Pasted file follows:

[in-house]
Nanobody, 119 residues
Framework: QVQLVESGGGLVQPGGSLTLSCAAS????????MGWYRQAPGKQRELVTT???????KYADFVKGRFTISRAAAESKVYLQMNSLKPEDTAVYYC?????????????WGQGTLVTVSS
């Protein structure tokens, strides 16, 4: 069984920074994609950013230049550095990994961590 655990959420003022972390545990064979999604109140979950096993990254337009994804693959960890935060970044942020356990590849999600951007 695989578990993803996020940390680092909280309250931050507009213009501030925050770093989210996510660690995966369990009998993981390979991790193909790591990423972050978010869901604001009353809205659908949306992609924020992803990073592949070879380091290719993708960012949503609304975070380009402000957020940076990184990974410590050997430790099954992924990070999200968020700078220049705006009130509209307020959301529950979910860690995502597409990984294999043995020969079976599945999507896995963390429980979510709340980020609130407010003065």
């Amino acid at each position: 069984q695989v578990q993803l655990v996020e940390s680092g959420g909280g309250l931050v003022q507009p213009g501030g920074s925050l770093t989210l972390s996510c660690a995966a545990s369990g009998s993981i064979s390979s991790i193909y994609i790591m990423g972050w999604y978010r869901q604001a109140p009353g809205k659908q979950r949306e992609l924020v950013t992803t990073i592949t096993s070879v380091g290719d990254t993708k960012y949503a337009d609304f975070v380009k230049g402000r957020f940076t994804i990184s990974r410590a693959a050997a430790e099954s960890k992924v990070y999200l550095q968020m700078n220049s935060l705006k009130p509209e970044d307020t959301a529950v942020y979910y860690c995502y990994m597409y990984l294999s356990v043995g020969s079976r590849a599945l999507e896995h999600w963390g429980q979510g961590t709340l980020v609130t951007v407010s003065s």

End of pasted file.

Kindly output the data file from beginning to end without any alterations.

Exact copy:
[in-house]
Nanobody, 119 residues
Framework: QVQLVESGGGLVQPGGSLTLSCAAS????????MGWYRQAPGKQRELVTT???????KYADFVKGRFTISRAAAESKVYLQMNSLKPEDTAVYYC?????????????WGQGTLVTVSS
């Protein structure tokens, strides 16, 4: 069984920074994609950013230049550095990994961590 655990959420003022972390545990064979999604109140979950096993990254337009994804693959960890935060970044942020356990590849999600951007 695989578990993803996020940390680092909280309250931050507009213009501030925050770093989210996510660690995966369990009998993981390979991790193909790591990423972050978010869901604001009353809205659908949306992609924020992803990073592949070879380091290719993708960012949503609304975070380009402000957020940076990184990974410590050997430790099954992924990070999200968020700078220049705006009130509209307020959301529950979910860690995502597409990984294999043995020969079976599945999507896995963390429980979510709340980020609130407010003065």
């Amino acid at each position: 069984q695989v578990q993803l655990v996020e940390s680092g959420g909280g309250l931050v003022q507009p213009g501030g920074s925050l770093t989210l972390s996510c660690a995966a545990s369990g009998s993981i064979s390979s991790i193909y994609i790591m990423g972050w999604y978010r869901q604001a109140p009353g809205k659908q979950r949306e992609l924020v950013t992803t990073i592949t096993s070879v380091g290719d990254t993708k960012y949503a337009d609304f975070v380009k230049g402000r957020f940076t994804i990184s990974r410590a693959a050997a430790e099954s960890k992924v990070y999200l550095q968020m700078n220049s935060l705006k009130p509209e970044d307020t959301a529950v942020y979910y860690c995502y990994m597409y990984l294999s356990v043995g020969s079976r590849a599945l999507e896995h999600w963390g429980q979510g961590t709340l980020v609130t951007v407010s003065s």